Terminator zones, stars,
These planets have a permanent day side and a permanent night side and are particularly common as they exist around stars that make up about 70 per cent of the stars seen in the night sky | Photo: Sarath Prabhav

Distant exo-planets could harbour life in 'terminator zones': Study

“Terminator zones” on distant exoplanets, or zones where the “day” side of the planet meets the “night” side, could potentially harbour extra-terrestrial life, according to a new study.

Astronomers from University of California, Irvine (UCI), US, describe “terminator” as the dividing line between the day and night sides of the planet, which have one side that always faces its star and one side that is always dark.

Terminator zones could exist in that “just right” temperature zone between too hot and too cold, they said in the study.

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“These planets have a permanent day side and a permanent night side,” said Ana Lobo, a post-doctoral researcher in the UCI Department of Physics and Astronomy, who led the new work published in The Astrophysical Journal.

Existing around M-dwarf stars

Lobo added that such planets are particularly common because they exist around stars that make up about 70 per cent of the stars seen in the night sky — so-called M-dwarf stars, which are relatively dimmer than our Sun.

“You want a planet that’s in the sweet spot of just the right temperature for having liquid water,” said Lobo, because liquid water, as far as scientists know, is an essential ingredient for life.

“This is a planet where the day side can be scorching hot, well beyond habitability, and the night side is going to be freezing, potentially covered in ice. You could have large glaciers on the night side,” Lobo said.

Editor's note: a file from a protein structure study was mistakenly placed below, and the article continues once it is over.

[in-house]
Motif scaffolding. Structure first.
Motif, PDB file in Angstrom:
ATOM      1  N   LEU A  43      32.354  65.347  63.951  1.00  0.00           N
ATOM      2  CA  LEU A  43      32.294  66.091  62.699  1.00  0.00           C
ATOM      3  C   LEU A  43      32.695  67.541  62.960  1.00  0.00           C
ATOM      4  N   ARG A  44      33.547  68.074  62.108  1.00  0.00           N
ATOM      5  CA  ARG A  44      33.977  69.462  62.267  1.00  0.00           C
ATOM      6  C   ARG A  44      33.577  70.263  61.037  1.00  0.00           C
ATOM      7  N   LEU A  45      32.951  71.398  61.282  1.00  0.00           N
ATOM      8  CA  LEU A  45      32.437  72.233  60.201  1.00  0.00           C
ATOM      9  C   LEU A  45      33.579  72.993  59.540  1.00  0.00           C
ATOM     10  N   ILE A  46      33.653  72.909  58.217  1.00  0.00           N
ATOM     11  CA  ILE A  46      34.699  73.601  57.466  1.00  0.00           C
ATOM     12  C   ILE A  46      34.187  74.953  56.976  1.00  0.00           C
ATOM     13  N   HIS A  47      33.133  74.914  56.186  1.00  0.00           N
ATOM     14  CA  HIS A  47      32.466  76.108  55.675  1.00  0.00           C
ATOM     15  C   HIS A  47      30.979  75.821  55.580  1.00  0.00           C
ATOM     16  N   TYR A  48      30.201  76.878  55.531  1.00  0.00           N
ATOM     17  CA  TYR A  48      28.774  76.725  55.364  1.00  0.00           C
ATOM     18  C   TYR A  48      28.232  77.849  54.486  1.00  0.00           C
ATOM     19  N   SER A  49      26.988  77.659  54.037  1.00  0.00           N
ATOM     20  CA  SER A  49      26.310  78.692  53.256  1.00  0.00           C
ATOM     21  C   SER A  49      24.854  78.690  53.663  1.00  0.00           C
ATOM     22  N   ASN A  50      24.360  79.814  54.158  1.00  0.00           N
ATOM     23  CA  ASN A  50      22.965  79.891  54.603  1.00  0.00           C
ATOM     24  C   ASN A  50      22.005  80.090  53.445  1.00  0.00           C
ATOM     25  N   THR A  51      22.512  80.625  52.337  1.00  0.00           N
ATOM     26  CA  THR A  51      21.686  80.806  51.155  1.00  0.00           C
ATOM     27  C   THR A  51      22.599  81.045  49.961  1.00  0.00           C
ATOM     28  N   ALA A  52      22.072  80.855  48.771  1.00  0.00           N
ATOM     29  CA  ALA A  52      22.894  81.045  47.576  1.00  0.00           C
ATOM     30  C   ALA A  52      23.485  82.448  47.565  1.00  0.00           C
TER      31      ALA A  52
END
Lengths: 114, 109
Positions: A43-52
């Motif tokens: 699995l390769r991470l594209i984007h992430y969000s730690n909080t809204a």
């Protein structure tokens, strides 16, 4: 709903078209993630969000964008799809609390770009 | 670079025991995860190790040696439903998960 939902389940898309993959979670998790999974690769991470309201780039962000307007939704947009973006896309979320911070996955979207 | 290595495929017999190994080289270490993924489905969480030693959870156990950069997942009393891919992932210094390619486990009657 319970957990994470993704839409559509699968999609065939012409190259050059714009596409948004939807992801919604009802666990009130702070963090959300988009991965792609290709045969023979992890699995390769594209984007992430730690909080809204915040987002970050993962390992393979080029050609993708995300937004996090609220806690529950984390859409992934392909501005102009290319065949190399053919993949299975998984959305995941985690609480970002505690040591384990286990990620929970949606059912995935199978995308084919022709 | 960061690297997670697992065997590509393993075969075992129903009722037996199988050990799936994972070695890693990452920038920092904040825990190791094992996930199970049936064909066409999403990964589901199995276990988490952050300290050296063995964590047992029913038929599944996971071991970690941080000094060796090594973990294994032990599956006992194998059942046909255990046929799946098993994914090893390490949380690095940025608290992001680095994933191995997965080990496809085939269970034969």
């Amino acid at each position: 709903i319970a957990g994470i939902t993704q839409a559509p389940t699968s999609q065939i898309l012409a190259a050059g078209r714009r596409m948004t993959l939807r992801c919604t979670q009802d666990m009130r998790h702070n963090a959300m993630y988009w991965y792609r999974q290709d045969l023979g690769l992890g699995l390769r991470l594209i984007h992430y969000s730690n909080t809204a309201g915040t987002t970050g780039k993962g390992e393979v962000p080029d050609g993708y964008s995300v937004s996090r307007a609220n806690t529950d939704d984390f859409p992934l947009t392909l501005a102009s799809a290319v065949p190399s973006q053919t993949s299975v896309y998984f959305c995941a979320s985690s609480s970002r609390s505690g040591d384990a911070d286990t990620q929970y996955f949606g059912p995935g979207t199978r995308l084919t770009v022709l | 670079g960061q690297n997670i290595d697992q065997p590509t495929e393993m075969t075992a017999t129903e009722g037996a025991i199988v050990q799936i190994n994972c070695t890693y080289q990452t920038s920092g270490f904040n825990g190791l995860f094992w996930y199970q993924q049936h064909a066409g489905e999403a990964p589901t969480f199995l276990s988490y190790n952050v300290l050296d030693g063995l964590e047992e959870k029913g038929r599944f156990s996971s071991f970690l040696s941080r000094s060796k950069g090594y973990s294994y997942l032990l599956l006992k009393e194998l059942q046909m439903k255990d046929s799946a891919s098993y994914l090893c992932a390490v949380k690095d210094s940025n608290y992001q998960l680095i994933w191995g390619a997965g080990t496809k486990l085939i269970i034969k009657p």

According to the study, Lobo, alongside Aomawa Shields, UCI associate professor of physics and astronomy, modelled the climate of terminator planets using software typically used to model our own planet’s climate, but with a few adjustments, including slowing down planetary rotation.

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Searching for water

One key to the finding, Lobo added, was pinpointing exactly what kind of terminator zone planet can retain liquid water.

If the planet is mostly covered in water, then the water facing the star, the team found, would likely evaporate and cover the entire planet in a thick layer of vapour.

But if there’s land, this effect shouldn’t occur.

“Ana has shown if there’s a lot of land on the planet, the scenario we call terminator habitability can exist a lot more easily,” said Shields.

“These new and exotic habitability states our team is uncovering are no longer the stuff of science fiction — Ana has done the work to show that such states can be climatically stable,” said Shields.

Habitable climates?

The study believes it is the first time that astronomers have been able to show that such planets can sustain habitable climates confined to this terminator region.

Historically, researchers have mostly studied ocean-covered exo-planets in their search for candidates for habitability.

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However, this study could increase the options life-hunting astronomers have to choose from.

“We are trying to draw attention to more water-limited planets, which despite not having widespread oceans, could have lakes or other smaller bodies of liquid water, and these climates could actually be very promising,” Lobo said.

“By exploring these exotic climate states, we increase our chances of finding and properly identifying a habitable planet in the near future,” said Lobo.

(With agency inputs)

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